Google celebrates the 50th anniversary of the historic first Moon-landing by NASA's Apollo 11 mission with an interactive video doodle on its homepage. Today's Google Doodle celebrates remarkable moments Apollo 11 manned mission and moon landing by taking viewers through the remarkable journey of Neil Armstrong, Michael Collins and Edwin 'Buzz' Aldrin who were among the first humans to land on the moon and back.
While Neil Armstrong and Buzz Aldrin maneuvered the lunar module to the surface, Collins remained in orbit, manning the command module.
Collins did not witness the landing as his spacecraft sped on after he dropped off Armstrong and Aldrin.
Apollo 11 was the spaceflight that first landed humans on the Moon. On July 20, 1969, Armstrong and Aldrin landed the Apollo Lunar Module Eagle.
Here's what you need to know about the Apollo 11 mission
Apollo 11 was launched by a Saturn V rocket from Kennedy Space Center on Merritt Island, Florida, on July 16, and was the fifth crewed mission of NASA's Apollo programme. Collins explains that the journey to the Moon and back in the video that NASA worked with three antennas around the Earth for the mission -- one in Spain, Australia and California each.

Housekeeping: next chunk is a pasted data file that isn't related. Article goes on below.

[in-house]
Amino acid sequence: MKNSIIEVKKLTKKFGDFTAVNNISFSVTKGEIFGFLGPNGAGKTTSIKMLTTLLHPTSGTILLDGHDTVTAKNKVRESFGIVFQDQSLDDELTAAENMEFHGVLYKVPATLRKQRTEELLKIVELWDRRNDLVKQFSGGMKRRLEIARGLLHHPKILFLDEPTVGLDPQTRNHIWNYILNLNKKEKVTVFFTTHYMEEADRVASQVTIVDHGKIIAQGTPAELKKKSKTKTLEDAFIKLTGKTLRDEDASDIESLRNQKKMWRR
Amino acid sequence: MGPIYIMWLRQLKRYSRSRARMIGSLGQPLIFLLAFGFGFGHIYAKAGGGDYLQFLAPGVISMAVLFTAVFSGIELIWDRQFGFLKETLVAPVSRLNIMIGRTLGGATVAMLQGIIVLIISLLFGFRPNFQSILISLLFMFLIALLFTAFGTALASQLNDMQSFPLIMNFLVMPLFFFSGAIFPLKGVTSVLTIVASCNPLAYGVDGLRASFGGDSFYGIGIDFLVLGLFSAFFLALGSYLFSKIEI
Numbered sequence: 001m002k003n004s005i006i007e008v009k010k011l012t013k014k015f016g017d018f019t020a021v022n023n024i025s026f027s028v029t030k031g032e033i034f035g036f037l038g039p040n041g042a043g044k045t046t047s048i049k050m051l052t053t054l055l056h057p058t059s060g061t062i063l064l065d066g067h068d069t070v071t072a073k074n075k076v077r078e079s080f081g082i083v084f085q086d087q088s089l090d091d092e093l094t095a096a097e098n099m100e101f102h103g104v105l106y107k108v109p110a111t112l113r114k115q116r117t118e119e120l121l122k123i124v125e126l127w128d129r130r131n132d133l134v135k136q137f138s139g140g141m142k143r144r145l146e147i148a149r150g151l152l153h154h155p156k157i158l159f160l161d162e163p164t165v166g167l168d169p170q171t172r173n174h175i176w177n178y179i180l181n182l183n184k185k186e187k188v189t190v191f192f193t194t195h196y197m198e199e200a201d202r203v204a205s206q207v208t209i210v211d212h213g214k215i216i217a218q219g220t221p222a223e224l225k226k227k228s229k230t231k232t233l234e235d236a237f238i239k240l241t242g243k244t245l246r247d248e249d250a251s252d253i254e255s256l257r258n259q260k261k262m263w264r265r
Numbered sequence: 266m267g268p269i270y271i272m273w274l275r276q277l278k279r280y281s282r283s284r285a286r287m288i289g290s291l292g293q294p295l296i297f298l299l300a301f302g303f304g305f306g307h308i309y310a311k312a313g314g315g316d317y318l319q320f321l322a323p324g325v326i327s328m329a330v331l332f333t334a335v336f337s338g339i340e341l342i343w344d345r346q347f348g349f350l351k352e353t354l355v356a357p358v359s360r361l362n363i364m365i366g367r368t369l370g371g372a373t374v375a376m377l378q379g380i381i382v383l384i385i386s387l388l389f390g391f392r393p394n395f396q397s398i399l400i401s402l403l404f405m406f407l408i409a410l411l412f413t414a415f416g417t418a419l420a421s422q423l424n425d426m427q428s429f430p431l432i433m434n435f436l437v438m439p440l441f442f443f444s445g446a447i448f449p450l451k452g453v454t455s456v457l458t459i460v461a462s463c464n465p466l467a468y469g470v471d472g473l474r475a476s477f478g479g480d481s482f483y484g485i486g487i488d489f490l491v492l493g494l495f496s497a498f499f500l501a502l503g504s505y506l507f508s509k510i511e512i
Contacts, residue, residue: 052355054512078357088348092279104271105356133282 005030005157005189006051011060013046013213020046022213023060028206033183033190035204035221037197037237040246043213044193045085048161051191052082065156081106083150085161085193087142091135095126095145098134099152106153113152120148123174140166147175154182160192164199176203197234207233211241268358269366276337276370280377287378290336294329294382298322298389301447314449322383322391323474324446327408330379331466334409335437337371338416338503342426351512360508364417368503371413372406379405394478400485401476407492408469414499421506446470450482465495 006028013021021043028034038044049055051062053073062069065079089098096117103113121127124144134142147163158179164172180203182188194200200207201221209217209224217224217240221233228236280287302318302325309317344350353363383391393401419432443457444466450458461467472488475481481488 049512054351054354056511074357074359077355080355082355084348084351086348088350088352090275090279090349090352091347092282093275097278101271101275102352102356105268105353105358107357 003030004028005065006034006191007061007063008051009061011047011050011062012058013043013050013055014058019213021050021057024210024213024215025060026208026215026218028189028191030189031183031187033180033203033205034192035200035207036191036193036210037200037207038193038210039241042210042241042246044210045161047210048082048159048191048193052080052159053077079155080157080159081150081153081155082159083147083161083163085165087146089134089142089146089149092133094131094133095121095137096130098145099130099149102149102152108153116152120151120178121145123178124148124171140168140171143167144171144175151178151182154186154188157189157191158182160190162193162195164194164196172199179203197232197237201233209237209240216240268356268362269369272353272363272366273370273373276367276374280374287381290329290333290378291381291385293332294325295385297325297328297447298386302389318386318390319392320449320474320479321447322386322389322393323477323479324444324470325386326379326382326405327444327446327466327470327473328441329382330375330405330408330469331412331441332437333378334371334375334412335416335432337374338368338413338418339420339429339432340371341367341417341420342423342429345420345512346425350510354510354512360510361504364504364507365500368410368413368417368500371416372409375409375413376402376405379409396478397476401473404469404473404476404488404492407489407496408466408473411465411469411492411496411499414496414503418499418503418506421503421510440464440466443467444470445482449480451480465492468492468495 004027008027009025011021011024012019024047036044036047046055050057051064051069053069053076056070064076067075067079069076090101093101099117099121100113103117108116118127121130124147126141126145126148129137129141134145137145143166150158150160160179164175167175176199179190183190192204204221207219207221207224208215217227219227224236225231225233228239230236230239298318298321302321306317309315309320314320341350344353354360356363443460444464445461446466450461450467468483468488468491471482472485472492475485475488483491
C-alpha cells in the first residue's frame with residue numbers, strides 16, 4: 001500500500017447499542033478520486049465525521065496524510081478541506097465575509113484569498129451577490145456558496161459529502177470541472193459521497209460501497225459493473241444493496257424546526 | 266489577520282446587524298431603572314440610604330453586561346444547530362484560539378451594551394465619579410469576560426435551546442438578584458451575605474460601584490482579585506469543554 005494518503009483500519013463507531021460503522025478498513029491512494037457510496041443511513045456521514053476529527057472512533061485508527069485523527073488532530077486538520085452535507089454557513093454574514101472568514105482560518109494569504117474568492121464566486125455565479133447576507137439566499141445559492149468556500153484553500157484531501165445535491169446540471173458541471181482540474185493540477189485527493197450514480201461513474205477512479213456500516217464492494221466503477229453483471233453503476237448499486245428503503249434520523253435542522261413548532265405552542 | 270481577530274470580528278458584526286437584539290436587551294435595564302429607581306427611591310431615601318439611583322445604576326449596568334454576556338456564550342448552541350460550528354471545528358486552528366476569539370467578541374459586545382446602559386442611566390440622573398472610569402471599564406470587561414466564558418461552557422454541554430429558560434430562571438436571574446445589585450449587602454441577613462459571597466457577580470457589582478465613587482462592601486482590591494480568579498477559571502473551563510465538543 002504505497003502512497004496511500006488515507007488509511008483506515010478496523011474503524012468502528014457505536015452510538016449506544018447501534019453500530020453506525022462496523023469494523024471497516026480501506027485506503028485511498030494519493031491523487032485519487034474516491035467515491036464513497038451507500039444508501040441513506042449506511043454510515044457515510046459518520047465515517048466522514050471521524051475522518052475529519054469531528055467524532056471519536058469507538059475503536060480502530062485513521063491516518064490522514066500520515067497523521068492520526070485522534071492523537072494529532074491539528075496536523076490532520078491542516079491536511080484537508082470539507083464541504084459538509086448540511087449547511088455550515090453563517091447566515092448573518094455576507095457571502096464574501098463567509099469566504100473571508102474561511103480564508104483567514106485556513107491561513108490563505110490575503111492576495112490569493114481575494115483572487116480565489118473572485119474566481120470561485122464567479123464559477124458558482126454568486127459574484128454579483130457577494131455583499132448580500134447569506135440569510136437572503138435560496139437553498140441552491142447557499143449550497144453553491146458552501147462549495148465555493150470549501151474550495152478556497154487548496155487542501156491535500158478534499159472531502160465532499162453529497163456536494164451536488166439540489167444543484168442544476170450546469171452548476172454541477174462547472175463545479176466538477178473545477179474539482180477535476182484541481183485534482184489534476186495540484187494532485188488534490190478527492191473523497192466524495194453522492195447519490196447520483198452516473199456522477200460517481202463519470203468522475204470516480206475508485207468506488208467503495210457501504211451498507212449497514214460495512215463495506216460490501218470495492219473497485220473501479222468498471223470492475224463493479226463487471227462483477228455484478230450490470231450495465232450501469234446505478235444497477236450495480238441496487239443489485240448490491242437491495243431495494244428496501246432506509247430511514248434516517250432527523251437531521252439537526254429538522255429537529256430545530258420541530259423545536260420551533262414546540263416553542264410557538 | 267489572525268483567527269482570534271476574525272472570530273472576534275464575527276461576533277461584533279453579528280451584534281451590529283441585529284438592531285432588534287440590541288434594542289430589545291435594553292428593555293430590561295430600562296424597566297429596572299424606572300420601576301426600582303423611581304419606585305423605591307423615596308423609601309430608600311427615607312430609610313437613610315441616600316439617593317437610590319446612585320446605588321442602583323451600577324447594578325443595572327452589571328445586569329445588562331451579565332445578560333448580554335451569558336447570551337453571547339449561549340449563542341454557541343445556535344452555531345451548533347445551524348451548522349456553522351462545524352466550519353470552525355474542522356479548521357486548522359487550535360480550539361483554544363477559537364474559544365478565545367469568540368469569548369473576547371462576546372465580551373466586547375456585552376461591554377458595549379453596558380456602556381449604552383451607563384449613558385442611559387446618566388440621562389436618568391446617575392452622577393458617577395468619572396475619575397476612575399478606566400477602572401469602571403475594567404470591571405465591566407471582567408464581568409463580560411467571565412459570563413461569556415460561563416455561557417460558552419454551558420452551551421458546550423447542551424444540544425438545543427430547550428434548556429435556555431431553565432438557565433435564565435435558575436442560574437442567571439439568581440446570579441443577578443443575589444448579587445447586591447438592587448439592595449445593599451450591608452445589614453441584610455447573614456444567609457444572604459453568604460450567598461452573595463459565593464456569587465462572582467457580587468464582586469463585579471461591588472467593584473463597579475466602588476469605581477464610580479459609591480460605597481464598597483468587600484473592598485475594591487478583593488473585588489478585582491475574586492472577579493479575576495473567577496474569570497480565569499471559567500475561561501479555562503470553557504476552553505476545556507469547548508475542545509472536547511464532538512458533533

Collins says at the time, the astronauts thought their computers were "very sophisticated but in fact, they had less computing powers than what we carry in our pockets today." In the doodle video, Collins describes the first sight of the Moon up close as "a magnificent spectacle."
"The Sun was coming around it, cascading and making a golden halo. But it was nothing compared to the sight of the tiny Earth. The Earth was the main show," Collins says.
Watch the video below
Meanwhile, this is what Google has to say about the Apollo 11 mission:
"Fifty years ago, NASA’s Apollo 11 mission changed our world and ideas of what is possible by successfully landing humans on the surface of the moon—and bringing them home safely—for the first time in history.
Today’s video Doodle celebrates this moment of human achievement by taking us through the journey to the moon and back, narrated by someone with firsthand knowledge of the epic event: former astronaut and Apollo 11 command module pilot Michael Collins."
(With inputs from PTI)